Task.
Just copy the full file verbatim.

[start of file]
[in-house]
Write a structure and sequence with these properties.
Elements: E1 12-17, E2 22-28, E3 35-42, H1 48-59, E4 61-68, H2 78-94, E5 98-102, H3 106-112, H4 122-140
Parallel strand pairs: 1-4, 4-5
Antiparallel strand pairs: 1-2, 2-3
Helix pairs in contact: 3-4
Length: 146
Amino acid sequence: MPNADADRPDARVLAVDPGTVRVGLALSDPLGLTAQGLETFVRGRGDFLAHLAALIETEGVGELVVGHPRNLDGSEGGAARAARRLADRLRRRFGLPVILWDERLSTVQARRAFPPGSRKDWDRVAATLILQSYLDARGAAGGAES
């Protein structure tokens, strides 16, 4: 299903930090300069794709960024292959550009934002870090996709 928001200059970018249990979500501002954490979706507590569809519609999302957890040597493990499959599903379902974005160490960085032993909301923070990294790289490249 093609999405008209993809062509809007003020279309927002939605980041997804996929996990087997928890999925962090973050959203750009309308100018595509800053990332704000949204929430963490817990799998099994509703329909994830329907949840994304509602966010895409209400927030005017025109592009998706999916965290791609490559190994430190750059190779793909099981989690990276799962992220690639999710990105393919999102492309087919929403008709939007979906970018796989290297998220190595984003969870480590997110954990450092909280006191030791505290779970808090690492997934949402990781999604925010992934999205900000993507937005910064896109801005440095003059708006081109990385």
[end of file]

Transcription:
[in-house]
Write a structure and sequence with these properties.
Elements: E1 12-17, E2 22-28, E3 35-42, H1 48-59, E4 61-68, H2 78-94, E5 98-102, H3 106-112, H4 122-140
Parallel strand pairs: 1-4, 4-5
Antiparallel strand pairs: 1-2, 2-3
Helix pairs in contact: 3-4
Length: 146
Amino acid sequence: MPNADADRPDARVLAVDPGTVRVGLALSDPLGLTAQGLETFVRGRGDFLAHLAALIETEGVGELVVGHPRNLDGSEGGAARAARRLADRLRRRFGLPVILWDERLSTVQARRAFPPGSRKDWDRVAATLILQSYLDARGAAGGAES
């Protein structure tokens, strides 16, 4: 299903930090300069794709960024292959550009934002870090996709 928001200059970018249990979500501002954490979706507590569809519609999302957890040597493990499959599903379902974005160490960085032993909301923070990294790289490249 093609999405008209993809062509809007003020279309927002939605980041997804996929996990087997928890999925962090973050959203750009309308100018595509800053990332704000949204929430963490817990799998099994509703329909994830329907949840994304509602966010895409209400927030005017025109592009998706999916965290791609490559190994430190750059190779793909099981989690990276799962992220690639999710990105393919999102492309087919929403008709939007979906970018796989290297998220190595984003969870480590997110954990450092909280006191030791505290779970808090690492997934949402990781999604925010992934999205900000993507937005910064896109801005440095003059708006081109990385």